Fostering and adopting, yes. Sadly, state care has the worst record of producing children who will become the kind of misfits you then don’t want to welcome in your church. I’m sure with your deep care for every living creature you’re already spending a lot of time trying to improve this.

    And I remember from our recent abortion debate that you would have stopped people like Martin Reynolds from adopting an extremely disabled child, preferring it to be left in care rather than looked after by a loving couple. Maybe when you personally are willing to take prioritise the needs of a child like this, maybe even by adopting it yourself, you acquire the right to judge those who know they will be unable to cope and chose to abort instead.

  • Christopher Shell says:

    In the real world sex is an act with consequences and (therefore) responsibilities attached. Which is the world where this is not the case?

    I didn’t understand the point about standing by while the woman struggles. What about adoption?

    Erika, the severe disabilities cases are a small minority. 98% of abortions are ‘social’. They, the vast majority, are the real question. And the question is what you feel about them, and why on earth anyone would want to divert attention away from the 98% as though the 2% figured larger.

    If you believe in love and compassion and tears, then why not stand with me in favour of gentleness and sensitivity, and against hardening?

    Any opposition to contraception is based on the commonsense premise (which is a perfectly good starting-point) that we will normally find what is best for humankind, lifestly-wise, diet-wise, etc by distinguishing what is natural from what is unnatural.

    The obvious difference between being killed by a vacuum extractor and ODing is that the former is inflicted on the innocent by some other party (who was lucky enough to be born) without permission, whereas the latter is self-inflicted.

  • Ford Elms says:

    “we have thousands who want to adopt”

    True. How many of them ought to? Just because you buy into the heterosexual imperative that you are not a true human unless you have reproduced doesn’t make you a good parent. In fact, it just might make you a bad one. People “want” to adopt. You don’t think priests should be priests simply because they “want” to, why is parenting any different?

    “we have foster care”

    Are you truly this far removed from reality? I worked in ER for 11 years, in a time when our whole society was dealing with child sexual abuse and the failure of our social services system to deal with it. It started with the Church, but the inadequacy of social services and the foster care system became apparent. If you honestly believe foster care is any kind of answer, then you are truly ignorant of how most of society lives, NP. For you, it’s all about sinners who need the Gospel of Jesus, which will cure them of all their ills if they admit how vile they are and, presumably, have some sort of emotional conversion. Practical applications of the Gospel to their lives just don’t enter it, right? It’s all about “getting saved”.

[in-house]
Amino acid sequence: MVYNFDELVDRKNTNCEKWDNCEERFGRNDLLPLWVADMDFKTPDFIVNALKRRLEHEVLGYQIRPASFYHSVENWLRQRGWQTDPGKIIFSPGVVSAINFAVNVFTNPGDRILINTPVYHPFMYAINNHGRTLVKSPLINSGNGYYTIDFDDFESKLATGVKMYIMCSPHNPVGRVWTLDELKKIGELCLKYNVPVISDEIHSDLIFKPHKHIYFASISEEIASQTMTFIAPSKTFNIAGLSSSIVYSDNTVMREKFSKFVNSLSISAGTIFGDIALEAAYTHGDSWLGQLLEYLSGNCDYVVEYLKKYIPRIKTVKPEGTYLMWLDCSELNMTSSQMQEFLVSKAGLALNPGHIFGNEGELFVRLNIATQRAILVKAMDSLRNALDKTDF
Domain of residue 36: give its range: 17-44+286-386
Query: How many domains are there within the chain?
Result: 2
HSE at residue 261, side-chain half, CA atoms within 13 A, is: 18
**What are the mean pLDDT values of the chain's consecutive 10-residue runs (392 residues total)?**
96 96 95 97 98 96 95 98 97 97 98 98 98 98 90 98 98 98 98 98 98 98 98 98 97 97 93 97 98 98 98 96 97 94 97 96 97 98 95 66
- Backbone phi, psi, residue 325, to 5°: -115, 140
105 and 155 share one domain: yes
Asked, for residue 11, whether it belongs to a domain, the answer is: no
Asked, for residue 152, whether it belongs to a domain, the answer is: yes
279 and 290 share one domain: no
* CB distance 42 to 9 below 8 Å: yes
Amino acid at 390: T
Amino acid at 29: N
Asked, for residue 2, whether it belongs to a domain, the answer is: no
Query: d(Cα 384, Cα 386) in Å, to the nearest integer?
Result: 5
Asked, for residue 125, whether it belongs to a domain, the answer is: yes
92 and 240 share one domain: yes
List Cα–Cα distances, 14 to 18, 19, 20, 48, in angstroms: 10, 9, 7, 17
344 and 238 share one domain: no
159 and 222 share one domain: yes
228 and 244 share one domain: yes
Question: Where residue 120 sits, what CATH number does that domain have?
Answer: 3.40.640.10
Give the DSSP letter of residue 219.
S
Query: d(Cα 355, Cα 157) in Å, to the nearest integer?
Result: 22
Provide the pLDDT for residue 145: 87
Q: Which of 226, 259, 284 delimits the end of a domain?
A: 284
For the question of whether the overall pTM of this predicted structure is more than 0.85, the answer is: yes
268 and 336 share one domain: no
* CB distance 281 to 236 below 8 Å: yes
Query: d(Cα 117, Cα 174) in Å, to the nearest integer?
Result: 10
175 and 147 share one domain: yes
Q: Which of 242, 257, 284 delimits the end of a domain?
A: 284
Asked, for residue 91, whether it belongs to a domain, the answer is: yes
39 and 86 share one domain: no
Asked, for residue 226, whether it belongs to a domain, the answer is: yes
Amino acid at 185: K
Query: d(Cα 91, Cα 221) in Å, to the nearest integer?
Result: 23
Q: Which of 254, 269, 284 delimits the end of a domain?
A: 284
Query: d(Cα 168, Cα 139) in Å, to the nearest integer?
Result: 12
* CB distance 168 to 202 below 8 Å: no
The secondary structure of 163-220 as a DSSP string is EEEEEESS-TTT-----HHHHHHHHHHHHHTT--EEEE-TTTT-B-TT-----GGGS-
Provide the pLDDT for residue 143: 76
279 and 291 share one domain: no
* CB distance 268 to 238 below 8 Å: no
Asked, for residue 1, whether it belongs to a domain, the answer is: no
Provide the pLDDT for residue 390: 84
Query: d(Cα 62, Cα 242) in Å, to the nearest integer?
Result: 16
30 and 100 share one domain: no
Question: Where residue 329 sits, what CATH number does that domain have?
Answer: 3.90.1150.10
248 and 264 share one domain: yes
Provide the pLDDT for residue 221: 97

• Ford Elms says:

    “98% of abortions are ‘social'”


    “The obvious difference between being killed by a vacuum extractor and ODing ..the latter is self-inflicted.”

    So therefor we are justified in judging the latter as somehow deserving? This is my point. You aren’t concerned with the dignity of ALL human life, just with life on which you have been unable to find a reason to sit in judgement yet. How is the killing of a human being before their spirits have been broken by rejection, abuse, neglect, and God knows what else somehow horrid when, if that person lives to experience all that hardshiip, and then in his emotional agony he dies of an OD, or suicide, or is beaten to death by a john, well, that’s what, the wages of sin? You speak of gentleness and compassion when it comes to “unborn”, where is your gentleness and compassion for the post born?

    “In the real world sex is an act with consequences and (therefore) responsibilities attached”

    You seem to think you have the right to determine what these consequences are and to make sure that everyone who you judge as deserving suffers those consequences. How do you get off saying that somone who has an abortion ISN’T suffering the consequences? As I said before, it’s not about the precious lives of the unborn, it’s about making sure those wicked little tarts get what’s coming to them. Very Fishtian.

  • Erika Baker says:

    “I didn’t understand the point about standing by while the woman struggles. What about adoption?”

    If a partner threatens you with violence because you’re pregnant, an adoption 9 months on is light years away. If you’re to go through with the pregnancy you need someone to stand by you. Possibly literally next to you at times to protect you and your already living children.

    If you’re Muslim and your family will kill you, adoption is a remote dream. If you’re to go through with the pregnancy you need someone who provides refuge, possibly for the rest of your life.

    If you know you are giving birth to a severely disabled child you probably know that it will never find an adoptive parent but remain in state care. If you’re to go through with the pregnancy you need someone to help you through the traumatic months and years of knowing your baby’s fate.

    And if you’re a normal woman with normal feelings, you still suffer from the effects of adoption and need a close friend by you to counsel you through them.